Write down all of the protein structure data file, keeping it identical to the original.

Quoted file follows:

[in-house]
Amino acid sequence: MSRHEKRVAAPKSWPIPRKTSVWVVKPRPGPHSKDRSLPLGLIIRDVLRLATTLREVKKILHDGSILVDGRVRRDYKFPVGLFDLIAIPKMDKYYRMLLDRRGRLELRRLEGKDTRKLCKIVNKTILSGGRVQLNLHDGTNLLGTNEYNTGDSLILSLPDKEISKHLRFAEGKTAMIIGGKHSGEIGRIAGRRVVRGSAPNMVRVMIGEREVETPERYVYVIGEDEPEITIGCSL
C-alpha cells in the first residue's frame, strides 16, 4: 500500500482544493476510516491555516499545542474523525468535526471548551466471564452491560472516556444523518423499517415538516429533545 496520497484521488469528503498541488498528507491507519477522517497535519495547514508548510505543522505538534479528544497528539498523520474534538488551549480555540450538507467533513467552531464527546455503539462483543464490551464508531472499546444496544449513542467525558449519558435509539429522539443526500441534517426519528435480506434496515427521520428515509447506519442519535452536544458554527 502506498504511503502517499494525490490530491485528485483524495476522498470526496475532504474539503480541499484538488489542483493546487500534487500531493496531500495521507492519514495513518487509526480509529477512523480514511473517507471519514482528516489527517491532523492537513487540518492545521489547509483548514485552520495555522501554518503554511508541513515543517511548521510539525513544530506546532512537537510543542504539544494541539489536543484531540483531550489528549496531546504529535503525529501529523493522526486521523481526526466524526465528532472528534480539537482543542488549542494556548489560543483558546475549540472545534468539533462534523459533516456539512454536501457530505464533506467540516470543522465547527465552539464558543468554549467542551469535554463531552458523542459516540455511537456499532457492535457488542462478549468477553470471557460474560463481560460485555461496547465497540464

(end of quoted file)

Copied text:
[in-house]
Amino acid sequence: MSRHEKRVAAPKSWPIPRKTSVWVVKPRPGPHSKDRSLPLGLIIRDVLRLATTLREVKKILHDGSILVDGRVRRDYKFPVGLFDLIAIPKMDKYYRMLLDRRGRLELRRLEGKDTRKLCKIVNKTILSGGRVQLNLHDGTNLLGTNEYNTGDSLILSLPDKEISKHLRFAEGKTAMIIGGKHSGEIGRIAGRRVVRGSAPNMVRVMIGEREVETPERYVYVIGEDEPEITIGCSL
C-alpha cells in the first residue's frame, strides 16, 4: 500500500482544493476510516491555516499545542474523525468535526471548551466471564452491560472516556444523518423499517415538516429533545 496520497484521488469528503498541488498528507491507519477522517497535519495547514508548510505543522505538534479528544497528539498523520474534538488551549480555540450538507467533513467552531464527546455503539462483543464490551464508531472499546444496544449513542467525558449519558435509539429522539443526500441534517426519528435480506434496515427521520428515509447506519442519535452536544458554527 502506498504511503502517499494525490490530491485528485483524495476522498470526496475532504474539503480541499484538488489542483493546487500534487500531493496531500495521507492519514495513518487509526480509529477512523480514511473517507471519514482528516489527517491532523492537513487540518492545521489547509483548514485552520495555522501554518503554511508541513515543517511548521510539525513544530506546532512537537510543542504539544494541539489536543484531540483531550489528549496531546504529535503525529501529523493522526486521523481526526466524526465528532472528534480539537482543542488549542494556548489560543483558546475549540472545534468539533462534523459533516456539512454536501457530505464533506467540516470543522465547527465552539464558543468554549467542551469535554463531552458523542459516540455511537456499532457492535457488542462478549468477553470471557460474560463481560460485555461496547465497540464